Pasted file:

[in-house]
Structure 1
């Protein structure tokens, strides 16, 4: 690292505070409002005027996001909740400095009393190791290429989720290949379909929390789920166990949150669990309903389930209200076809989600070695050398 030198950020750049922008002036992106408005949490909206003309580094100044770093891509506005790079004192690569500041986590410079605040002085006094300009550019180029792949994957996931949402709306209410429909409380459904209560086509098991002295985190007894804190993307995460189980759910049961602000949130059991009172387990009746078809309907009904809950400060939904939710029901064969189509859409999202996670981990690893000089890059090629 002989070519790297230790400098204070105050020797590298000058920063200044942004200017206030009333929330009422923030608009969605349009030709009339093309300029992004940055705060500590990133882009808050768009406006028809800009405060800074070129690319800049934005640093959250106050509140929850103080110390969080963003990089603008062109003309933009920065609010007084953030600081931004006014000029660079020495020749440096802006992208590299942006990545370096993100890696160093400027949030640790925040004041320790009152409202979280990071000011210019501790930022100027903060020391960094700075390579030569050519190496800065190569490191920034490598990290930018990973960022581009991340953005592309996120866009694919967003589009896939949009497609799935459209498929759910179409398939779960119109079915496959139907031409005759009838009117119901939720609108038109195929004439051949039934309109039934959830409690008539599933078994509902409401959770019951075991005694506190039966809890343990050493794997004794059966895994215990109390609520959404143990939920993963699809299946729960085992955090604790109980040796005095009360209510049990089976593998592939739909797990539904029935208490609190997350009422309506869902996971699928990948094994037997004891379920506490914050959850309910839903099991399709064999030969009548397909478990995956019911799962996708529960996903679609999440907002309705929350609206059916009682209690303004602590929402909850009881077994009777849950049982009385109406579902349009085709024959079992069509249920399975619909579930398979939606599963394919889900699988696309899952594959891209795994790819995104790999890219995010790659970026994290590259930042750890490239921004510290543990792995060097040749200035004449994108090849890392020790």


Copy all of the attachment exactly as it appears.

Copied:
[in-house]
Structure 1
């Protein structure tokens, strides 16, 4: 690292505070409002005027996001909740400095009393190791290429989720290949379909929390789920166990949150669990309903389930209200076809989600070695050398 030198950020750049922008002036992106408005949490909206003309580094100044770093891509506005790079004192690569500041986590410079605040002085006094300009550019180029792949994957996931949402709306209410429909409380459904209560086509098991002295985190007894804190993307995460189980759910049961602000949130059991009172387990009746078809309907009904809950400060939904939710029901064969189509859409999202996670981990690893000089890059090629 002989070519790297230790400098204070105050020797590298000058920063200044942004200017206030009333929330009422923030608009969605349009030709009339093309300029992004940055705060500590990133882009808050768009406006028809800009405060800074070129690319800049934005640093959250106050509140929850103080110390969080963003990089603008062109003309933009920065609010007084953030600081931004006014000029660079020495020749440096802006992208590299942006990545370096993100890696160093400027949030640790925040004041320790009152409202979280990071000011210019501790930022100027903060020391960094700075390579030569050519190496800065190569490191920034490598990290930018990973960022581009991340953005592309996120866009694919967003589009896939949009497609799935459209498929759910179409398939779960119109079915496959139907031409005759009838009117119901939720609108038109195929004439051949039934309109039934959830409690008539599933078994509902409401959770019951075991005694506190039966809890343990050493794997004794059966895994215990109390609520959404143990939920993963699809299946729960085992955090604790109980040796005095009360209510049990089976593998592939739909797990539904029935208490609190997350009422309506869902996971699928990948094994037997004891379920506490914050959850309910839903099991399709064999030969009548397909478990995956019911799962996708529960996903679609999440907002309705929350609206059916009682209690303004602590929402909850009881077994009777849950049982009385109406579902349009085709024959079992069509249920399975619909579930398979939606599963394919889900699988696309899952594959891209795994790819995104790999890219995010790659970026994290590259930042750890490239921004510290543990792995060097040749200035004449994108090849890392020790």